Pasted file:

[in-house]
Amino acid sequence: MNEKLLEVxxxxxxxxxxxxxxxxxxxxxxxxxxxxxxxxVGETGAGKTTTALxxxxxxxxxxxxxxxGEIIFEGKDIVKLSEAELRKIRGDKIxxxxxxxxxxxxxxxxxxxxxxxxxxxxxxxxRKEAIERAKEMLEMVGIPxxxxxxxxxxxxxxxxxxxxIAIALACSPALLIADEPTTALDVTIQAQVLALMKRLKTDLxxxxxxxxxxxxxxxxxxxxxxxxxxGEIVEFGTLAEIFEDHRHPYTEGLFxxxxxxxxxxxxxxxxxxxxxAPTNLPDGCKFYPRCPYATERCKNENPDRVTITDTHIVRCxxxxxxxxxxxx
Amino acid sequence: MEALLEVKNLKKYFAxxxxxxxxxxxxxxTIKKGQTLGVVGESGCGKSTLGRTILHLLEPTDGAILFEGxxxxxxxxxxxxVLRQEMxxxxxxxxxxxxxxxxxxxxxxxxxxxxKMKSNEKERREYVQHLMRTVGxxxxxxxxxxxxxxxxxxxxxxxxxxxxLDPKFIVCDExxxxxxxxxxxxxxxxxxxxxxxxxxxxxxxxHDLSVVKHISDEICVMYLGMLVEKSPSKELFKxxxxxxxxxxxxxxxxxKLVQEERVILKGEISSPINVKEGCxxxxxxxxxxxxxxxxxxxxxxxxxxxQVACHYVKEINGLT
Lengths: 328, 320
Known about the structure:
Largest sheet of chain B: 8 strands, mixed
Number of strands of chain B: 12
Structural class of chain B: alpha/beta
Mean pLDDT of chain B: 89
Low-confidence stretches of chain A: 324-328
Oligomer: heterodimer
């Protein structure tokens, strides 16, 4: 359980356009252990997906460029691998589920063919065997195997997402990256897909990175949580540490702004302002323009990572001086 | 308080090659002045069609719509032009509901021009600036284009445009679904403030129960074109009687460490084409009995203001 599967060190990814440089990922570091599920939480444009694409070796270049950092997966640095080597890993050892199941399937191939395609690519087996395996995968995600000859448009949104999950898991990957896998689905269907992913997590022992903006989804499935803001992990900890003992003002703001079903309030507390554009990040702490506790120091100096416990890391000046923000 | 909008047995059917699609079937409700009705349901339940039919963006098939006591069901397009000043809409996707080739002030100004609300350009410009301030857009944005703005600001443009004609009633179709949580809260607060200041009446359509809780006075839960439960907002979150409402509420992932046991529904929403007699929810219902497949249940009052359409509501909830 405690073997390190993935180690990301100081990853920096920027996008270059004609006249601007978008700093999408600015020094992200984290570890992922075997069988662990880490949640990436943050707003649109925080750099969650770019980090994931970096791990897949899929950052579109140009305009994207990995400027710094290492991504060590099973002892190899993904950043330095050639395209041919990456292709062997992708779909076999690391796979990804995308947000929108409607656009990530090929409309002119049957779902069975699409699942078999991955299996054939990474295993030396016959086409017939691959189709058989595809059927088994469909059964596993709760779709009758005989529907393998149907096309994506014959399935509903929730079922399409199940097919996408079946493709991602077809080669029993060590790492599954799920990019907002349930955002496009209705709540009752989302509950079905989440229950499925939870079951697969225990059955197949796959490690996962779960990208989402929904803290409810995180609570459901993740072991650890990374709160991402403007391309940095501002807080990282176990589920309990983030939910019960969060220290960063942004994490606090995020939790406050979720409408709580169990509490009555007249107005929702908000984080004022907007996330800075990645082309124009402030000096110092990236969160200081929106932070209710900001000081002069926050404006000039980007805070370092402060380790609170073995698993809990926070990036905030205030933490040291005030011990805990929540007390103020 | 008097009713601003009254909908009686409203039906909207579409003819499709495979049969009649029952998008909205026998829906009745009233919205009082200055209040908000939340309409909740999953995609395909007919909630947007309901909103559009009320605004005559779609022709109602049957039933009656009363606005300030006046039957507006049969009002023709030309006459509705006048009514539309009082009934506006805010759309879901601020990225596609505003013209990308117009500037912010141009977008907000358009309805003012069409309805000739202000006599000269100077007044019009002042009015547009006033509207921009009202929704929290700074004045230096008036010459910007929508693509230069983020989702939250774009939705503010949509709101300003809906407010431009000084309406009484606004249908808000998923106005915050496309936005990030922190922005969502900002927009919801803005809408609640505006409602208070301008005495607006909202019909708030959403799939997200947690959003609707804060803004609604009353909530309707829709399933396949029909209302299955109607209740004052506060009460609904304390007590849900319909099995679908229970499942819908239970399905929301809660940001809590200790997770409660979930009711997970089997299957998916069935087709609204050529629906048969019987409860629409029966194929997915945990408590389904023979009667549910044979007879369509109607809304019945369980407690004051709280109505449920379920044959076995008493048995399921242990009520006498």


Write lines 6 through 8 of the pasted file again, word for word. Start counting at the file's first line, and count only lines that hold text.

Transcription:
Largest sheet of chain B: 8 strands, mixed
Number of strands of chain B: 12
Structural class of chain B: alpha/beta